Consider also the faithfulness of the parents. These parents love their God, their community, their family, and their son too much to ignore such a good law. What would their negligence toward God in regards to this law demonstrate to their other children? In our individualistic, narcissistic age we tend to think of everything in reference to ourselves. We forget that our children will either bless or curse others. Parents who faithfully discipline their son for years, only to have him become a riotous, destructive drunkard, ought to continue to obey God by following the civil law as it applies to their evil son. In our society, we are not blessed with a civil magistrate that honors God’s Law. Of course, such a change in laws will only come about when the people voluntarily embrace God’s Law as good and just. However, getting professing Christians to even accept God’s Law, let alone embrace it, is like pulling teeth at times.

In summary, this text presents a loving law for the glory of God and good of society. Only a parent who truly loves God and loves his son (demonstrated by not sparing the rod) would have the strength to do what honors God by giving his son over to the magistrate for the just application of the sword. Such a commitment to the glory of God is sorely lacking in the Church today.

Now, let’s consider the real issue here. Despite what the Bible says about God’s Law as being good and just (Rom. 7:12; 1 Tim. 1:8), and the clear reason for such a law found within the text itself, some people still insist that this law is not to be followed by societies today. Do we have a basis for rejecting God’s Law here? (Furthermore, why would we wantto?)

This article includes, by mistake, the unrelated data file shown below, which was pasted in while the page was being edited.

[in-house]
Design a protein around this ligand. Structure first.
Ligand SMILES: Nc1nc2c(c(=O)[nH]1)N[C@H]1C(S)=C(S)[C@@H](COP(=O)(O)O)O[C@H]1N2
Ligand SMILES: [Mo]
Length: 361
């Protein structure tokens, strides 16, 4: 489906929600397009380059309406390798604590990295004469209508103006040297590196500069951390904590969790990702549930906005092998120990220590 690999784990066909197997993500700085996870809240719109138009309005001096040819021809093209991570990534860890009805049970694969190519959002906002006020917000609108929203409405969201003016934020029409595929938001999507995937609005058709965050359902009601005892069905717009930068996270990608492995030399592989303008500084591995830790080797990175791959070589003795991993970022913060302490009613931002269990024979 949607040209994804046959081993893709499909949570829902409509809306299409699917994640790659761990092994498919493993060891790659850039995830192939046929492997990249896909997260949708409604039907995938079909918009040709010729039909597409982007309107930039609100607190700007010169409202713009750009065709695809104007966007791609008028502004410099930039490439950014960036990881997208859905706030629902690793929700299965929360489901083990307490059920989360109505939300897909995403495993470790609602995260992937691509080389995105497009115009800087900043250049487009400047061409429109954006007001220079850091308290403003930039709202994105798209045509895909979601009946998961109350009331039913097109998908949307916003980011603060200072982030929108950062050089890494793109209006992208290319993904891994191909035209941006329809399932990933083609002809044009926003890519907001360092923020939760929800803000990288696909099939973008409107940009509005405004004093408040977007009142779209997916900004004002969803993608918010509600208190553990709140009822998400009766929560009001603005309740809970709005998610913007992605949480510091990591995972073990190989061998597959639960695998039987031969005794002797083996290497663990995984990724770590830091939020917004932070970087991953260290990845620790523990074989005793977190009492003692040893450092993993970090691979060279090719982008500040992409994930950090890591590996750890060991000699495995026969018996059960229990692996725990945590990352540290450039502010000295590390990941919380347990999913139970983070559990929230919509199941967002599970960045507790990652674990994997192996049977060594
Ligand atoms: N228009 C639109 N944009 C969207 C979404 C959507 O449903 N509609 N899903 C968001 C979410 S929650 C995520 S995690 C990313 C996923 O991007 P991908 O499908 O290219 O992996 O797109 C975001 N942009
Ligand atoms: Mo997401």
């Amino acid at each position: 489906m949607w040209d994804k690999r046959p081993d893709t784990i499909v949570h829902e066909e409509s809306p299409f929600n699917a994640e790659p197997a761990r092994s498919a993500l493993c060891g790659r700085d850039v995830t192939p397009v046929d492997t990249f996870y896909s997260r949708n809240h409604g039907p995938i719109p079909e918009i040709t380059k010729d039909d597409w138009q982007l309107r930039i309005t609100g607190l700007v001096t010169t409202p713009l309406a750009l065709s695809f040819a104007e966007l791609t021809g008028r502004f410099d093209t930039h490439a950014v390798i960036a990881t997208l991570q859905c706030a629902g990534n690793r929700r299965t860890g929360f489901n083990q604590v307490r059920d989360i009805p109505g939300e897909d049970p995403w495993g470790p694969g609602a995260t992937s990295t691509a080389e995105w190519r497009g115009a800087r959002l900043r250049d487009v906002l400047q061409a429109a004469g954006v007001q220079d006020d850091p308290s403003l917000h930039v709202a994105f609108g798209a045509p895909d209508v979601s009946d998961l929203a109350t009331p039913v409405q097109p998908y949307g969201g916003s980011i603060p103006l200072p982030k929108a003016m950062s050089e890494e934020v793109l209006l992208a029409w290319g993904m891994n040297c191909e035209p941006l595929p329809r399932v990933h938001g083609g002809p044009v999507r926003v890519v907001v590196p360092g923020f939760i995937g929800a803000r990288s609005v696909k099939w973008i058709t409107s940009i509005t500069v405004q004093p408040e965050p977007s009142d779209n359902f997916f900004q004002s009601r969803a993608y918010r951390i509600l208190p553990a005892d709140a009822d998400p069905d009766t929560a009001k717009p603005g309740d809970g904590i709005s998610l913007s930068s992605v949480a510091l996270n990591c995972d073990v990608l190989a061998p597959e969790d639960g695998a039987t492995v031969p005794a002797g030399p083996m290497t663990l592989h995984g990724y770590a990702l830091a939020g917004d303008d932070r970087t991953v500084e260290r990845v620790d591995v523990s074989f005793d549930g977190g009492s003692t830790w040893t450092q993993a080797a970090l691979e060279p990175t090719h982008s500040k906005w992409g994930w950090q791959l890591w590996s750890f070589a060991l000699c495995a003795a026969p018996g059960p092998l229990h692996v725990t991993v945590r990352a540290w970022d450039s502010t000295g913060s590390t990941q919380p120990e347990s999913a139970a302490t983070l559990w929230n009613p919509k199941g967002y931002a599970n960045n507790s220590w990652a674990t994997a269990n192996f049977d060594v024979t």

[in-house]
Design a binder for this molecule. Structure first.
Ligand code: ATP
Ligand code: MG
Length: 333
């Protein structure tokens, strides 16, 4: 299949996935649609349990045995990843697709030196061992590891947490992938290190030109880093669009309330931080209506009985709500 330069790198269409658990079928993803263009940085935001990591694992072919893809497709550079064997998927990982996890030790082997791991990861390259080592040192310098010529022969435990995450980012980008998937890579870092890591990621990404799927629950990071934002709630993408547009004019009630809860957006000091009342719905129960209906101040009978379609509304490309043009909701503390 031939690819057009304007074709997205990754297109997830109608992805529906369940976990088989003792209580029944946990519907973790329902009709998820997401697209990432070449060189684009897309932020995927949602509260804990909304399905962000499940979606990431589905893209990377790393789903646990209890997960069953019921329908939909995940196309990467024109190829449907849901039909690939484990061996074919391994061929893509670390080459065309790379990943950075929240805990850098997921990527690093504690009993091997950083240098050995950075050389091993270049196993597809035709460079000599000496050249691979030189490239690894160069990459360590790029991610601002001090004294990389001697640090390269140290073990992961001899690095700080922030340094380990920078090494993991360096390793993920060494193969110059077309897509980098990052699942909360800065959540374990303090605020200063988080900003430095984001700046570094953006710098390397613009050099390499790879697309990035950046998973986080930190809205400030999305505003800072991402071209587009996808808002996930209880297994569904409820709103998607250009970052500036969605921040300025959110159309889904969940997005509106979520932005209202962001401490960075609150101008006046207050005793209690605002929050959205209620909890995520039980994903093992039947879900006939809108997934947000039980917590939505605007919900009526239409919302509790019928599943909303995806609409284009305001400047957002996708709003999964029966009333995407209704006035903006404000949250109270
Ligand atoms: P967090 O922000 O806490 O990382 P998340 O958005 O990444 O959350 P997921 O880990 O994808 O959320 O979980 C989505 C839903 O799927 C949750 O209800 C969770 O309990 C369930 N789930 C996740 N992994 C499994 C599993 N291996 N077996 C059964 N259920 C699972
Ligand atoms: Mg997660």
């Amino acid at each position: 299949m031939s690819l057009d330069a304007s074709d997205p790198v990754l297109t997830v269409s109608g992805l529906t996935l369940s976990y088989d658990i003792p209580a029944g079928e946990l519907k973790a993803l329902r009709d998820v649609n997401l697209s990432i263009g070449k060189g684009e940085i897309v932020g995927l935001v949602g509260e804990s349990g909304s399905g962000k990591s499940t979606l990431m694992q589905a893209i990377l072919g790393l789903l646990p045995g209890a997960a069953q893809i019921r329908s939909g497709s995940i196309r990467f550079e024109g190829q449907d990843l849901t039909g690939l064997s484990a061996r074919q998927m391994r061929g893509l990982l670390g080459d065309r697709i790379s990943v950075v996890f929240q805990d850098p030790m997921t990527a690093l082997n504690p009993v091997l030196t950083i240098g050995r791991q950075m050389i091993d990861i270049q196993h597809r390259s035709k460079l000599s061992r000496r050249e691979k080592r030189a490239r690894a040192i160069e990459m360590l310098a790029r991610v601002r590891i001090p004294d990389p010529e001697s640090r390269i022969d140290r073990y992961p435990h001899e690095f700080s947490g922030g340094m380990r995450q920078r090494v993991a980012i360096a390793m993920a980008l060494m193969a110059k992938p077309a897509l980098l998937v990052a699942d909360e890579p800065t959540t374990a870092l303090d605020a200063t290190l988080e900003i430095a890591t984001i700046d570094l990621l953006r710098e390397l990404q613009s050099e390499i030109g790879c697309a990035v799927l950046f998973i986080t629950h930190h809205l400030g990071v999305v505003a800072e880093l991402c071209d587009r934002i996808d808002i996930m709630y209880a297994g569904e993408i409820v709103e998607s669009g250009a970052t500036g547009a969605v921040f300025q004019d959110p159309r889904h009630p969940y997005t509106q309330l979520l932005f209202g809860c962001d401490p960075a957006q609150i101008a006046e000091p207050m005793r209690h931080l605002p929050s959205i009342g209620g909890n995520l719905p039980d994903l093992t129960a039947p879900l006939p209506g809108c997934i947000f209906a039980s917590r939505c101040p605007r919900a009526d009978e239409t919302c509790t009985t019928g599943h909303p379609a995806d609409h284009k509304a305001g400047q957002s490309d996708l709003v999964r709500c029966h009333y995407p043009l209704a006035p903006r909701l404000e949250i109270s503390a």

If we say that God’s Law is not our standard for civil punishments, then what standard are we going to use? On what basis can we say any civil execution in unjust? For example, let’s say a state decides that the crime of theft if punishable by death. On what basis could we say this is wrong? Unless we appeal to God’s Law, we cannot. If God’s Law is abandoned when it comes to civil punishments, there is no longer any basis to distinguish between murder and capital punishment. To abandon the Law of God in civil matters, and appeal to an arbitrary standard, gives every civil government a free pass to execute any sort of criminal they wish. That is tyranny.

The problem with insisting on some sort of “natural law” instead of God’s revealed Law is that it erroneously posits two contradictory standards. God does not give one standard in His Law and then another standard “through nature.” The “law of nature” cannot be from God if it is contradictory to God’s revealed Law.